Creekside Church
Sermon of October 8, 2017

"Blessing of the Animals"
Psalm 19:1-10

Rosanna McFadden


Blessing of the Animals Good morning! This is the day that the Lord has made: I hope you are finding ways to rejoice and be glad in it. As some of you probably know, or may have guessed, Psalm 19 which Lois just read for us, is one of my favorites from the entire collection of psalms. I love the assertion that God’s creation is good and that God’s law is perfect: not only because I love these things, too, but because there’s an order implied here which gives me comfort and hope. This is God’s sacred world: God made it and declared it good. Despite humanities persistent efforts to dominate, pollute and destroy it, it is still God’s handiwork. God’s law is still God’s law; even when we ignore it or consciously act against it, God’s law is just and life-giving.

I don’t know about you, but it can be hard for me to plug into the daily news cycle -- or maybe to unplug from it. I got up Monday morning and heard 400 hundred people had been injured by bullets. Four hundred. How is that even possible? It’s easy to have my attention pulled from one crisis to the next crises, and feel like the world is a hostile and threatening place. Sometimes that anxiety can be so acute that I literally forget to give thanks for each day that I have been blessed with, and to be aware of the blessings which are part of every day. A text like Psalm 19, which is brimming with God’s goodness and a planned and ordered world can be an antidote to the poison of hatred and violence. We cannot deny the existence of hatred and violence: as incredible as it may seem, a lone gunman in Las Vegas actually killed 59 people and wounded nearly five hundred others. We can’t simply stick our heads in the sand and pretend that didn’t happen, or just hope it won’t ever happen again, but side by side with that narrative -- and the stories we have heard about natural disasters -- are the stories of great and small acts of heroism and courage and selflessness: strangers pulling strangers to safety, thousands of people donating blood, people helping their neighbors, churches sending relief in the form of food, water, cleaning supplies, childcare, people to rebuild. These are part of the story too, even though they rarely make headlines.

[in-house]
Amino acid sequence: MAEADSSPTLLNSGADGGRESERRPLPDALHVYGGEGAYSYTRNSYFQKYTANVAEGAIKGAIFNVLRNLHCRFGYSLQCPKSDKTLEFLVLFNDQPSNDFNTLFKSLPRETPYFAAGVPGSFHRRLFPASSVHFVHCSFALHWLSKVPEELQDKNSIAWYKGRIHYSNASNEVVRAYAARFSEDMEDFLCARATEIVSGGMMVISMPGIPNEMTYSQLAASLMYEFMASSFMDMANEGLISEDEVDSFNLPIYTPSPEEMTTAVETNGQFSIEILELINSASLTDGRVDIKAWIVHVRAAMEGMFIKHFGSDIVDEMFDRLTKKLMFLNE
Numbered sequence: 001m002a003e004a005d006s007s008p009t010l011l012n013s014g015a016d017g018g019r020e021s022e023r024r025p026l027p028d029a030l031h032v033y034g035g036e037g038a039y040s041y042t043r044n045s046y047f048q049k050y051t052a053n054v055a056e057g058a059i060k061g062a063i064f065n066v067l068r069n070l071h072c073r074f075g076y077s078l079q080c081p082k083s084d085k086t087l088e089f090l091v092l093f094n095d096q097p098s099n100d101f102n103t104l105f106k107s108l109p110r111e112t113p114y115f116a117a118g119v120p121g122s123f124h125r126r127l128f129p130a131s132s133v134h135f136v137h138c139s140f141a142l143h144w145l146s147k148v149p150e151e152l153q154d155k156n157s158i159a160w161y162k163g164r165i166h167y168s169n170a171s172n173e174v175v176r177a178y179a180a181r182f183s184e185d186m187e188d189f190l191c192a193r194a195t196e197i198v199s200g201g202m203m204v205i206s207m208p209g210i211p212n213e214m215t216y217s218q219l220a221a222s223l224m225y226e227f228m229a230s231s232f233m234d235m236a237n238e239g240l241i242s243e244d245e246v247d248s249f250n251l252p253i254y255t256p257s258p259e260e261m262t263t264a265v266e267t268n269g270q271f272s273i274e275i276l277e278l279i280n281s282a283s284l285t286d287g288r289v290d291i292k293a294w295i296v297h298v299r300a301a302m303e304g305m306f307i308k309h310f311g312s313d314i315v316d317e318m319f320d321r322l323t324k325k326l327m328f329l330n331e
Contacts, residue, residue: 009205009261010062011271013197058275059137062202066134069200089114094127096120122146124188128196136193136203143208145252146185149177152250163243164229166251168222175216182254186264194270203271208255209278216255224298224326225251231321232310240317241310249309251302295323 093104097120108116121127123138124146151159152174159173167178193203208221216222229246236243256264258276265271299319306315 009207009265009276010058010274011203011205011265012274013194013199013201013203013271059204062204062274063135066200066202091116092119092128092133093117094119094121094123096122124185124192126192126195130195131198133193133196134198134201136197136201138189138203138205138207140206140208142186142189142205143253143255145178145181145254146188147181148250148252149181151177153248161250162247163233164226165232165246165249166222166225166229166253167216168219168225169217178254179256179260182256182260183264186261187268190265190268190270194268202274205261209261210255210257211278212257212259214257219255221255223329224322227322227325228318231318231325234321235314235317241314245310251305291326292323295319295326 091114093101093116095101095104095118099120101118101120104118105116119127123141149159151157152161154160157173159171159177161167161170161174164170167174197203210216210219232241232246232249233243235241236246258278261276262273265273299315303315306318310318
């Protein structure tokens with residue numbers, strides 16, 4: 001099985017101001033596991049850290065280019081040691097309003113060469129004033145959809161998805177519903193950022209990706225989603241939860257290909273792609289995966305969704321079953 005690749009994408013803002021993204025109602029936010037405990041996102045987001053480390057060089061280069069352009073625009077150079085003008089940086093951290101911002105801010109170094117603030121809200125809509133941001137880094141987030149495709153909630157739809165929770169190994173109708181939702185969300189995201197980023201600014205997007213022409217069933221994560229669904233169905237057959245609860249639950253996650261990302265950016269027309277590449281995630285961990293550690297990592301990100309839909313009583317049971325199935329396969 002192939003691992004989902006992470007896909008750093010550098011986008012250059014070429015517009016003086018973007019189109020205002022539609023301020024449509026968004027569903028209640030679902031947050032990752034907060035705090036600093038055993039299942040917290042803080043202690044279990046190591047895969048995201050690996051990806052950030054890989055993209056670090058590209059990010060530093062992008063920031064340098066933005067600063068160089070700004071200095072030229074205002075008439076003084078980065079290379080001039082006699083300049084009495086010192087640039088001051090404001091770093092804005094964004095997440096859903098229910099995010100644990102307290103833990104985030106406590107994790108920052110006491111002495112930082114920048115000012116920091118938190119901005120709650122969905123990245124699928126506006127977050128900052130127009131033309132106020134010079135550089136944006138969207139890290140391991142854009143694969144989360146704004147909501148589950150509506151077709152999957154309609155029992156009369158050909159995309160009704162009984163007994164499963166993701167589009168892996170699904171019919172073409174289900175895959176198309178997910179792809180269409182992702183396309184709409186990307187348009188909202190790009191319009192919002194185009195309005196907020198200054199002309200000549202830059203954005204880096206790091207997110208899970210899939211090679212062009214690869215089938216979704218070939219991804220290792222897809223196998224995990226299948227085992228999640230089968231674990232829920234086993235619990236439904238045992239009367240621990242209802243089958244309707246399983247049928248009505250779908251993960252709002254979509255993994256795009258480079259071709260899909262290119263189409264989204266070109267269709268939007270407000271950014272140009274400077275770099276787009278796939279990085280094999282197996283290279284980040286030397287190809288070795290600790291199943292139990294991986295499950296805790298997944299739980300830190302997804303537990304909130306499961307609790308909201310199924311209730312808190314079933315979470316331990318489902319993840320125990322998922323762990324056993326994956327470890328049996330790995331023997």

So this morning I’d like to do something a little different: I’m going to do something my preaching professor told us to never, never do. Some of you know my homiletics professor -- please don’t tell her about this sermon. I’m going to make your stories the center of the sermon today, and put a theological frame around that for us -- rather than the other way around. I have asked several of you to share photos and a few sentences of reflection: I could have asked many other people; please feel free to share your stories with others as you have the opportunity.